Wednesday, September 5, 2007

We Seem to Be Getting Good at This. Why?

I include, merely, for reference, one of the zillion links to the story about the recent German terror plot arrests. Is it my imagination, or is the West getting awfully good at catching terrorists before they do any damage?

It might be time to think a little about what's changed in the last six years. The most obvious thing is that nobody--not the US, not Canada, not even the EU--views this as a law enforcement problem any more. National security is the order of the day. Governments are willing to arrest would-be terrorists on the flimsiest of evidence if only to get them off the street. What happens after that is a matter of national preference, but the emphasis is always on disruption first and the legal process second.

This seems eminently reasonable to me, given what we've been through since 9/11. But let's prise apart some of the behaviors to look for some common characteristics:

  1. Surveillance. Expectations of privacy have dropped precipitously. Whether it's the Bush Administration's intensive use (or abuse--pick your left-right axis) of wiretapping or the British network of pervasive surveillance cameras, things you do and say are being observed. Personally, I think that this loss of privacy is a fair price to pay for security but there's no denying that our society has changed fundamentally and permanently. (This looks like a good place to plug Brin's The Transparent Society, which remains, despite being somewhat dated, an extremely provocative look at how to build a healthy society with minimal privacy.)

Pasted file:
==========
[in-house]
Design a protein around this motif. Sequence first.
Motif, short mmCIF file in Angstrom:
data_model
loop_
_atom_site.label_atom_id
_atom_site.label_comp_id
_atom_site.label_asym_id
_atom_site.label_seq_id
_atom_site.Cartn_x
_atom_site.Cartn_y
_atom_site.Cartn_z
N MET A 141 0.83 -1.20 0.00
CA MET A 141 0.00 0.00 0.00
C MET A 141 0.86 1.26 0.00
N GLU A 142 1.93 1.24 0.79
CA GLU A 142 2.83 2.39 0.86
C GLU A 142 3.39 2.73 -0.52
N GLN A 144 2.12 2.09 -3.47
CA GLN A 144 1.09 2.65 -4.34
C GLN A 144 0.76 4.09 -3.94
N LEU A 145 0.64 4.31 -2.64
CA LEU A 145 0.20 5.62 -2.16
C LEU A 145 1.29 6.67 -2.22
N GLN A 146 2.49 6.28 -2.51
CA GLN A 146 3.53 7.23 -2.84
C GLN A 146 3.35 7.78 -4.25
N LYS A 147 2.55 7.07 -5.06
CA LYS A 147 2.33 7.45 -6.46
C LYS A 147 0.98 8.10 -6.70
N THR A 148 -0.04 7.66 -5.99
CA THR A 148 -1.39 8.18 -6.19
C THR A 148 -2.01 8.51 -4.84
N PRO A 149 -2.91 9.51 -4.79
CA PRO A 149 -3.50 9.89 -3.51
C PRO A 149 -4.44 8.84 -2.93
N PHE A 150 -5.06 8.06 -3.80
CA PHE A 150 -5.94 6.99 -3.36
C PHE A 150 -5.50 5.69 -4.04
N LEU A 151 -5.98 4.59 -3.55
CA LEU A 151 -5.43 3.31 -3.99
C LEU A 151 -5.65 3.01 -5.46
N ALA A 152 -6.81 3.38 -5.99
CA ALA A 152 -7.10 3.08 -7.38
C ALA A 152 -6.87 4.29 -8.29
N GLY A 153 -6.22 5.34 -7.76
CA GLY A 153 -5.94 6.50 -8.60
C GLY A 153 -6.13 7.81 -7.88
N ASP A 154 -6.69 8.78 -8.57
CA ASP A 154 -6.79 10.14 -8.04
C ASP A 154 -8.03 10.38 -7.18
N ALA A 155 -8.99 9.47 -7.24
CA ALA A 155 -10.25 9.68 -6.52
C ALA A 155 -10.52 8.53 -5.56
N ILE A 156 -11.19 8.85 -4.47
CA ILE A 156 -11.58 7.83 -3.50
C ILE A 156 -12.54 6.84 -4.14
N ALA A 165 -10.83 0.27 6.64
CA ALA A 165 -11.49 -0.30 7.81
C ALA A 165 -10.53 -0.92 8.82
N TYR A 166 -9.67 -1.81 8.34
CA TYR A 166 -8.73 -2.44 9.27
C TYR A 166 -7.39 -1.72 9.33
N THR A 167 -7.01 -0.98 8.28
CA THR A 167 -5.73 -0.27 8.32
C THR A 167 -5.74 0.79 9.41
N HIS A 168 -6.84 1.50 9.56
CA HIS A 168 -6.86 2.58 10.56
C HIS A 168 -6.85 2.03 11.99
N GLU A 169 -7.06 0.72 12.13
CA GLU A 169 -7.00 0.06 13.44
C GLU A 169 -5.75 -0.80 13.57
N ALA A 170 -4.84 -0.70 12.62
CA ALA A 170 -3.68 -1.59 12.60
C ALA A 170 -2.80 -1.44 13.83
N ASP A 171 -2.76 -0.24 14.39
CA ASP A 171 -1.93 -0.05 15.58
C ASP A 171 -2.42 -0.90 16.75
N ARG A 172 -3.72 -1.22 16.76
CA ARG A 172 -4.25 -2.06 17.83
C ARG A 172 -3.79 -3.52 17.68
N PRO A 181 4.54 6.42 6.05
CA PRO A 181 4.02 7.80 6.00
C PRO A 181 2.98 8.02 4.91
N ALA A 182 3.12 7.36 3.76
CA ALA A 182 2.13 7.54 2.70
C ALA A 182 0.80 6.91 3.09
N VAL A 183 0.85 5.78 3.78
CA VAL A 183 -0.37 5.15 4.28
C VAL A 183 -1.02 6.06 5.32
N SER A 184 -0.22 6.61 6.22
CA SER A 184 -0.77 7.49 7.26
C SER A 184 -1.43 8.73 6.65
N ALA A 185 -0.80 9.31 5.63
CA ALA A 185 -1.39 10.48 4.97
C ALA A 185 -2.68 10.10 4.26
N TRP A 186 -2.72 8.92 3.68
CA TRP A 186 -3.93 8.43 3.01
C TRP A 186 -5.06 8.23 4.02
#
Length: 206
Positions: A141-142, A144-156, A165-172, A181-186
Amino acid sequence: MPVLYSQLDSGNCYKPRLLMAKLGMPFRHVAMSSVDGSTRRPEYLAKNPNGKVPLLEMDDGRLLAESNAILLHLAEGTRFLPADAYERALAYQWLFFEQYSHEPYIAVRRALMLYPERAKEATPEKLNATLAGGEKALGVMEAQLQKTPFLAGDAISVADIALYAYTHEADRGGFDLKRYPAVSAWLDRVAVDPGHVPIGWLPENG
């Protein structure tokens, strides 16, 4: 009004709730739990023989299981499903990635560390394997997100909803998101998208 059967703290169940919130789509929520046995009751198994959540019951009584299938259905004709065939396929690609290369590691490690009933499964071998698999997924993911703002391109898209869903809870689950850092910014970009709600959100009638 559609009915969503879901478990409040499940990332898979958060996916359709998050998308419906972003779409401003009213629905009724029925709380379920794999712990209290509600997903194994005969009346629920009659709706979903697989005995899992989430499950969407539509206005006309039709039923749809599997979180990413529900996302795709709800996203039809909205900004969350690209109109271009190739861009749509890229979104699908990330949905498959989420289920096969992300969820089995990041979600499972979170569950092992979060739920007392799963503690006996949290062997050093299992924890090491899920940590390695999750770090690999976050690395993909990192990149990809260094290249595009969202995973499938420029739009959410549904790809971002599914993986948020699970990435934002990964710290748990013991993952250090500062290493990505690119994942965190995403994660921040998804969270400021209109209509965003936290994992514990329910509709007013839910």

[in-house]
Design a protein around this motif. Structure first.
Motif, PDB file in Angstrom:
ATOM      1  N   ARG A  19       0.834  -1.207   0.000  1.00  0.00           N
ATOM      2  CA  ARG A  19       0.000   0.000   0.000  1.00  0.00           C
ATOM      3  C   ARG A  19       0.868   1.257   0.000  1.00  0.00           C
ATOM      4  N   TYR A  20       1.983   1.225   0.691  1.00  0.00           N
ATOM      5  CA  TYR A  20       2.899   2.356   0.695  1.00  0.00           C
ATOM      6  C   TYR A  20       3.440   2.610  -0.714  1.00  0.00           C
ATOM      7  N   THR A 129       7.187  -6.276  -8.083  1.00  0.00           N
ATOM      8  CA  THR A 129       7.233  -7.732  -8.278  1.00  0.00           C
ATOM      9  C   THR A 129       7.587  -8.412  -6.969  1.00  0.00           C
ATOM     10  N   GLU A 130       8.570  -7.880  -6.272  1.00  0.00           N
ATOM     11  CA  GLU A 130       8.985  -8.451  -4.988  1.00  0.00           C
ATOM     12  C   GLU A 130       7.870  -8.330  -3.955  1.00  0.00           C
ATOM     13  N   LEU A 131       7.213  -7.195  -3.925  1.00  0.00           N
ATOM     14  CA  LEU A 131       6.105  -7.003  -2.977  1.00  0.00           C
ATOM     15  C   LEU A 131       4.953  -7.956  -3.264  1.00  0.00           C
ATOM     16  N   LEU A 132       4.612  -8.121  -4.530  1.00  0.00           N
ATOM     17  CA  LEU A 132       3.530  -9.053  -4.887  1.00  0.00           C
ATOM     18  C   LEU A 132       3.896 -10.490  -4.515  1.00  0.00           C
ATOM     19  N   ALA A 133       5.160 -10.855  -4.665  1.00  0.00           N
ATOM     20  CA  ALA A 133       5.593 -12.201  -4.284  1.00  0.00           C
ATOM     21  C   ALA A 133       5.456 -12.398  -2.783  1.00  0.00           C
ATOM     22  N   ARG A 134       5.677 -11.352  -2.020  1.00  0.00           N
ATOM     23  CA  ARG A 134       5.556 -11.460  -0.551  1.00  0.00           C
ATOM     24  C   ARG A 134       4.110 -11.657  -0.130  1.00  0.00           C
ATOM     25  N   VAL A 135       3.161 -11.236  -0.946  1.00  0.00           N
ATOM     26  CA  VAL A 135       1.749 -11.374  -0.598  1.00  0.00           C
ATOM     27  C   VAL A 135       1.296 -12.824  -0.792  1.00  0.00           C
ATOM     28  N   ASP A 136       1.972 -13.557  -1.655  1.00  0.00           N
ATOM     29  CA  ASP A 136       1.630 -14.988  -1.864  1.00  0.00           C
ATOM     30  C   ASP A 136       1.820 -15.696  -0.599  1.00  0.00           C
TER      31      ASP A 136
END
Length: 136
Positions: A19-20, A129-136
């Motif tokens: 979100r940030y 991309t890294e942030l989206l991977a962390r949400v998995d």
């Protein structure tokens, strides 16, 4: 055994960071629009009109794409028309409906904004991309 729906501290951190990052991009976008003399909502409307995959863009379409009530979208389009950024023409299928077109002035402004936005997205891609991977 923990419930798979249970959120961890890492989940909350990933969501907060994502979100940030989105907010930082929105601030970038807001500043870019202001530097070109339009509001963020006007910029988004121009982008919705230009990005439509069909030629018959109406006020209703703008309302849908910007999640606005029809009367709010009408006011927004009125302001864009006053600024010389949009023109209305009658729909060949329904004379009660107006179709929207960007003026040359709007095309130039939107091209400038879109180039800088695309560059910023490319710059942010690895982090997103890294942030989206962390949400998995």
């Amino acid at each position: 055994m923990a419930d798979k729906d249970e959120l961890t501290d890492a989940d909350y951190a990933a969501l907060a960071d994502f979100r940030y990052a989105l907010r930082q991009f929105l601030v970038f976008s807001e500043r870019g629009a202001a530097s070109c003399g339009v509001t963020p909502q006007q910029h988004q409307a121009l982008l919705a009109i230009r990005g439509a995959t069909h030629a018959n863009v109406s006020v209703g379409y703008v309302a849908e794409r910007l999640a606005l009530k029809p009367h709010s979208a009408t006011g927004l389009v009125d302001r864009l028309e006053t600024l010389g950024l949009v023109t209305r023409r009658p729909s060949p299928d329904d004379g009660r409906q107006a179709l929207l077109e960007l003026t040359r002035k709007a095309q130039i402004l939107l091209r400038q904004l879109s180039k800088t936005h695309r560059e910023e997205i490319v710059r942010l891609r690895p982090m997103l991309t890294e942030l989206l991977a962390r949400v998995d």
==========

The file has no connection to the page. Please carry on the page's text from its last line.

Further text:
2. Intelligence. Governments are clearly reinvesting in intelligence-gathering, although it's difficult to find out how much and through what means. The key point is that governments will do anything legal or extra-legal to surface plots before they happen. Again, this is entirely proper but increased intelligence tempo also implies more bad information. We're no doubt scooping up innocents as a result of this bad information. Intelligence analysis relies on a "guilty until proven innocent" standard, and is therefore extra-legal at best. We're suffering as a society because of this, because odd behavior can land you in a world of hurt. This can't go on forever. We must have a way of returning the innocent to society and making them whole.


  3. Preemptive action. We're fighting terrorism like a war, which means that we will kill if arrest isn't practical. But the use of violence against non-state actors still has only the most rudimentary framework of international law surrounding it. This will have to change before societies can be truly stable in a sea of terrorist threats.


  4. Imprisonment. When you do vaguely extra-legal things to interdict terrorist attacks, it follows that you have to be similarly extra-legal to keep the terrorists from being released and trying to hurt you again. This is an area where we see a broad set of solutions, from Guantanamo and extraordinary rendition all the way down to ineffectual trials and release of the suspects. In short, this is (like many other issues) an area where there's no international consensus or norm yet. I suspect that this lack of consensus is part and parcel with the international community's inability to decide with what it's at war.